ILLINOIS APPELLATE COURT FOURTH DISTRICT JUDGMENT AFFIRMED.
OPINION FILED JUNE 20, 1985.
IN RE ESTATE OF FORREST L. GEHRT, DECEASED (BETTY BOCOCK SHAW, PLAINTIFF-APPELLANT,
JULIUS M. GEHRT, JR., ET AL., DEFENDANTS-APPELLEES).
Appeal from the Circuit Court of Champaign County; the Hon.
John G. Townsend, Judge, presiding.
JUSTICE MORTHLAND DELIVERED THE OPINION OF THE COURT:
Plaintiff filed a petition in the circuit court of Champaign County to construe the will of Forrest L. Gehrt. The will itself was executed on January 15, 1976, and provided for the distribution of the residue of his estate as follows:
"12. 1/18 to the following-named children of Edna Bocock, deceased:
Harold Eugene Bocock
The testator, Forrest L. Gehrt, on June 8, 1977, executed a first codicil to his will providing:
"As and for this codicil, I wish to amend Item 12 of subparagraph C of paragraph THIRD of my said will, and in that Item 12 there was provision for HAROLD EUGENE BOCOCK. Since the said Harold Eugene Bocock died earlier this year, I wish to provide that the share which would have gone to him go to his widow.
I, therefore, do hereby strike out the name Harold Eugene Bocock as a beneficiary in said Item 12 of subparagraph C of paragraph THIRD of my said will; and insert in lieu thereof, BETTY BOCOCK, to be beneficiary thereunder and to receive the part and bequest of my estate that was previously given to Harold Eugene Bocock, but provided that in case she remarries before the time of my death, then I do not wish the bequest to go to her; but direct, in that event, that the said share previously provided for said Harold Eugene Bocock shall go to his remaining brothers and sisters named in said Item 12.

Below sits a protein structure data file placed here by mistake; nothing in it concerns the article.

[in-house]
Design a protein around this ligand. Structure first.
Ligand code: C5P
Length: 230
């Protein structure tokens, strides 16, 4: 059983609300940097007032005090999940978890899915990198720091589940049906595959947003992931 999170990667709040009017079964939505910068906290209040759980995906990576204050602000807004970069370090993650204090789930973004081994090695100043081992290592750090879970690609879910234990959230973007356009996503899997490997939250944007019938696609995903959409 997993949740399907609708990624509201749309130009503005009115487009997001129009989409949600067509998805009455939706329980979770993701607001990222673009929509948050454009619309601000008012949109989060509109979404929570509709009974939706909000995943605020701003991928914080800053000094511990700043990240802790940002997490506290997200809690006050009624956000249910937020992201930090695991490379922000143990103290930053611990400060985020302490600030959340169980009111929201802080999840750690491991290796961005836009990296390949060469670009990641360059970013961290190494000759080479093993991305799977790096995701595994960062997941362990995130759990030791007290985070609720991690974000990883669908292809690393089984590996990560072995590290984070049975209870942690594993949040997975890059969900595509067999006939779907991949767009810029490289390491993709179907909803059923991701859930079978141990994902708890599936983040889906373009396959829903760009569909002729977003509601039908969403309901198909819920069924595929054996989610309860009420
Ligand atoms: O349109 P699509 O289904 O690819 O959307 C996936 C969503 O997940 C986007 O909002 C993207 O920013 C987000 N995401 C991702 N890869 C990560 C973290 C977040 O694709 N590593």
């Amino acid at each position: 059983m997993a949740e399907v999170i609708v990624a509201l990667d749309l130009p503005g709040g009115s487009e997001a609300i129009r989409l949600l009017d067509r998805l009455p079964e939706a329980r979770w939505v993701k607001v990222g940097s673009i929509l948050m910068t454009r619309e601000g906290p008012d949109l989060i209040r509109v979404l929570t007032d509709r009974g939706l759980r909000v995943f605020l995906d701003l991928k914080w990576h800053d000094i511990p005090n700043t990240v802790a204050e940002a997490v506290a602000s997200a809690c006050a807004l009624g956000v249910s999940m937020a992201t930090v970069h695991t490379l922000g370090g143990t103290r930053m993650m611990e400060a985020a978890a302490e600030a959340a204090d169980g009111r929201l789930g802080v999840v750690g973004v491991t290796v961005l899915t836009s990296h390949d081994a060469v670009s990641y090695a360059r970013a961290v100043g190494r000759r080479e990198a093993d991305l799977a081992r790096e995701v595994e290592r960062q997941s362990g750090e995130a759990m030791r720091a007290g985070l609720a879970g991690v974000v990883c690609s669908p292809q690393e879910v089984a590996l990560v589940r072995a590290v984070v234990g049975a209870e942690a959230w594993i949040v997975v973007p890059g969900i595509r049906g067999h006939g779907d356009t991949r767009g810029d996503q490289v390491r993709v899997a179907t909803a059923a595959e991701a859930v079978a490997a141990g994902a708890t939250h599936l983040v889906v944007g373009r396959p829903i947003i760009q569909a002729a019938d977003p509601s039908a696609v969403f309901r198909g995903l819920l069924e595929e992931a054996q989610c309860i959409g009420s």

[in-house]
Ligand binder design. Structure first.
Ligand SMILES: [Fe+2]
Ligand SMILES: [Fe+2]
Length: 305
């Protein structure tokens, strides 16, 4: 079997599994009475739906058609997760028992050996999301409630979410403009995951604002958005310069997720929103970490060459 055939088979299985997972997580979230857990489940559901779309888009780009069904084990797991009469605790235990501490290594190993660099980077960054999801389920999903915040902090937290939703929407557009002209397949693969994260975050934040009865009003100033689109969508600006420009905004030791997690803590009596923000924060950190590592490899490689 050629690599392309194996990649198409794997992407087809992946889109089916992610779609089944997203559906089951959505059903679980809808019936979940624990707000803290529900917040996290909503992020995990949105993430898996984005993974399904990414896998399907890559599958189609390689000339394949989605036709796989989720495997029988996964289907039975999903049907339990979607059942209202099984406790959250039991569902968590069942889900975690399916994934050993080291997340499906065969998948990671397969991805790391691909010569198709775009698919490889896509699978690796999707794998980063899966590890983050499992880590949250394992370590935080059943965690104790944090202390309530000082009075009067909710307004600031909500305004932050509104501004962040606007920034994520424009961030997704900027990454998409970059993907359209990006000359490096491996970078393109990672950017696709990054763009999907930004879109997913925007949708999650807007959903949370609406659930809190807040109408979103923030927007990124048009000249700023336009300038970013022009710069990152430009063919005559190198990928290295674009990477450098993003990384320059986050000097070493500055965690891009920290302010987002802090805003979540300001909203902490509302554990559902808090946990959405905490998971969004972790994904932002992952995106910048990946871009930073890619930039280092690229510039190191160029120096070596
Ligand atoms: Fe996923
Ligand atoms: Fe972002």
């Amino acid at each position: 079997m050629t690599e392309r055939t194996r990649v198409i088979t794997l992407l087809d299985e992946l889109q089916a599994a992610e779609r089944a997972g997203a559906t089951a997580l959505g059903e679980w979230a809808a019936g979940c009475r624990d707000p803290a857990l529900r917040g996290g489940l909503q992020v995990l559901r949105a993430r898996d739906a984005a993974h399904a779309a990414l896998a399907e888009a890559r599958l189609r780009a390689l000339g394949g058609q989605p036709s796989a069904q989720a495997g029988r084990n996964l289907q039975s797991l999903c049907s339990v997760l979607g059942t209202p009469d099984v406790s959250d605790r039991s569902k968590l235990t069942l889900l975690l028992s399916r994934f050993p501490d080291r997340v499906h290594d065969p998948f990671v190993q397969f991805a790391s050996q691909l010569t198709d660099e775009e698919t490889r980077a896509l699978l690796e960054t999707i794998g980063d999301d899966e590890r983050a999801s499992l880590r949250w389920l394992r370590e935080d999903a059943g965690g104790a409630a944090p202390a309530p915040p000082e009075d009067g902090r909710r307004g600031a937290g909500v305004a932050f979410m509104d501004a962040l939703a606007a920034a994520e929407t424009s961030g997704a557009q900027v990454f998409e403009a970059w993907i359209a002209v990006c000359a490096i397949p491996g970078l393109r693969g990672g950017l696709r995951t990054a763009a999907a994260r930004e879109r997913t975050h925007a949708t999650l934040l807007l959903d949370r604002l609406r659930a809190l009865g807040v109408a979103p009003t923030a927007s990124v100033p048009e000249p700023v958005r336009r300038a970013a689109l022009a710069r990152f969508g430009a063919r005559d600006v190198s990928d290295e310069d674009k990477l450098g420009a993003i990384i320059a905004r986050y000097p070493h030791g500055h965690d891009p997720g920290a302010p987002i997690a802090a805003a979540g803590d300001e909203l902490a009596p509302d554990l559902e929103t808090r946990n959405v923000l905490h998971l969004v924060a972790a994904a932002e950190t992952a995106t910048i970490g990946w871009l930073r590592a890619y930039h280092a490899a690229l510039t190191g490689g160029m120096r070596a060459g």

In all other respects I hereby ratify, republish and reaffirm my said Last Will and Testament of January 15, 1976."
The petition to construe alleged that after the decedent's execution of the first codicil, as set forth above, and before his death, the plaintiff, Betty Bocock, remarried. The petition asked that the court construe the marriage restriction as an invalid restraint on marriage, and that said restraint be declared void as against public policy. The petition prayed that the executors be directed to distribute to plaintiff the part of the estate given to her in the codicil free of the void restraint or restriction.
The trial court denied plaintiff's prayer for relief and the plaintiff appeals.
The parties agree that the provision in the codicil requiring that plaintiff be unmarried at the time of testator's death in order to receive a share under the codicil is a condition precedent. The plaintiff says the condition precedent is violative of public policy and void. The defendant contends that there is no restraint on plaintiff since the interest of plaintiff either vests or not at the date of the death of the testator depending on plaintiff's marital status at the time, not at some later time.
The plaintiff calls attention to Restatement of Property sec. 426, at 2487 (1944), which provides that:
"(1) An otherwise effective condition precedent, special limitation, condition subsequent, or executory limitation which is designed to prevent the acquisition or retention of an interest in land or in things other than land in the event of remarriage is valid where the person restrained is the spouse of the person imposing the restraint.
(2) In cases not within Subsection (1), an otherwise effective condition precedent, special limitation, condition subsequent or executory limitation which is designed to prevent the acquisition or retention of an interest in land or in things other than land in the event of remarriage is valid unless it is found to be unreasonable, in which case the restraint is invalid."